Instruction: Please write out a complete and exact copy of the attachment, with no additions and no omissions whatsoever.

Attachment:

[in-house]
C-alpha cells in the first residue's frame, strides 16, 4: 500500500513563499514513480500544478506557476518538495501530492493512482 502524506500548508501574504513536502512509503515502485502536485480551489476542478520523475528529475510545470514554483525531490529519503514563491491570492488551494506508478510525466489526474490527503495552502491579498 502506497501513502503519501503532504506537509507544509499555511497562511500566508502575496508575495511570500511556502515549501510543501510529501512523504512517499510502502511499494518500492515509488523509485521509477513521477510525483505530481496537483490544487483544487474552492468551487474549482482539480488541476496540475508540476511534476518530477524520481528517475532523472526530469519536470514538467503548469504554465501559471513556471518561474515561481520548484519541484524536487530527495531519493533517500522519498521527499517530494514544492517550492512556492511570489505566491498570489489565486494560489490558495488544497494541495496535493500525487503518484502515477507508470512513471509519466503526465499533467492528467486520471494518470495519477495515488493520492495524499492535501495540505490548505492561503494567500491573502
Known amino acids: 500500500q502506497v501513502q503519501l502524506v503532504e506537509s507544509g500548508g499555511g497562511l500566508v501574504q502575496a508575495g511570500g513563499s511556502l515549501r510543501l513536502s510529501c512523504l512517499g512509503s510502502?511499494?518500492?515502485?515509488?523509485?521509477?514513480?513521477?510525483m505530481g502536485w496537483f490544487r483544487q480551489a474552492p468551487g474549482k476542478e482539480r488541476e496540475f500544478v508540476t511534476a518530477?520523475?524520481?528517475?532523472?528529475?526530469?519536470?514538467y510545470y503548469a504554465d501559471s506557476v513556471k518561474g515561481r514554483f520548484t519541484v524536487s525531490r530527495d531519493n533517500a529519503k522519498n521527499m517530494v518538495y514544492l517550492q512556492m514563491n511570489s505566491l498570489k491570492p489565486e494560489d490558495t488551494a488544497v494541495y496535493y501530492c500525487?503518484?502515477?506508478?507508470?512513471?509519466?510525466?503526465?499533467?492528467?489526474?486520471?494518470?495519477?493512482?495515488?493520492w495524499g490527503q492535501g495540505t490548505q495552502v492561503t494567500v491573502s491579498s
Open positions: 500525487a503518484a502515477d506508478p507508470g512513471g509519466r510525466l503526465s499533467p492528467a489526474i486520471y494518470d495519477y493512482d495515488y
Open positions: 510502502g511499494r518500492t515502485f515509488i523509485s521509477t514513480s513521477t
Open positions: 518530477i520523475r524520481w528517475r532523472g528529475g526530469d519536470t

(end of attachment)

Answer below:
[in-house]
C-alpha cells in the first residue's frame, strides 16, 4: 500500500513563499514513480500544478506557476518538495501530492493512482 502524506500548508501574504513536502512509503515502485502536485480551489476542478520523475528529475510545470514554483525531490529519503514563491491570492488551494506508478510525466489526474490527503495552502491579498 502506497501513502503519501503532504506537509507544509499555511497562511500566508502575496508575495511570500511556502515549501510543501510529501512523504512517499510502502511499494518500492515509488523509485521509477513521477510525483505530481496537483490544487483544487474552492468551487474549482482539480488541476496540475508540476511534476518530477524520481528517475532523472526530469519536470514538467503548469504554465501559471513556471518561474515561481520548484519541484524536487530527495531519493533517500522519498521527499517530494514544492517550492512556492511570489505566491498570489489565486494560489490558495488544497494541495496535493500525487503518484502515477507508470512513471509519466503526465499533467492528467486520471494518470495519477495515488493520492495524499492535501495540505490548505492561503494567500491573502
Known amino acids: 500500500q502506497v501513502q503519501l502524506v503532504e506537509s507544509g500548508g499555511g497562511l500566508v501574504q502575496a508575495g511570500g513563499s511556502l515549501r510543501l513536502s510529501c512523504l512517499g512509503s510502502?511499494?518500492?515502485?515509488?523509485?521509477?514513480?513521477?510525483m505530481g502536485w496537483f490544487r483544487q480551489a474552492p468551487g474549482k476542478e482539480r488541476e496540475f500544478v508540476t511534476a518530477?520523475?524520481?528517475?532523472?528529475?526530469?519536470?514538467y510545470y503548469a504554465d501559471s506557476v513556471k518561474g515561481r514554483f520548484t519541484v524536487s525531490r530527495d531519493n533517500a529519503k522519498n521527499m517530494v518538495y514544492l517550492q512556492m514563491n511570489s505566491l498570489k491570492p489565486e494560489d490558495t488551494a488544497v494541495y496535493y501530492c500525487?503518484?502515477?506508478?507508470?512513471?509519466?510525466?503526465?499533467?492528467?489526474?486520471?494518470?495519477?493512482?495515488?493520492w495524499g490527503q492535501g495540505t490548505q495552502v492561503t494567500v491573502s491579498s
Open positions: 500525487a503518484a502515477d506508478p507508470g512513471g509519466r510525466l503526465s499533467p492528467a489526474i486520471y494518470d495519477y493512482d495515488y
Open positions: 510502502g511499494r518500492t515502485f515509488i523509485s521509477t514513480s513521477t
Open positions: 518530477i520523475r524520481w528517475r532523472g528529475g526530469d519536470t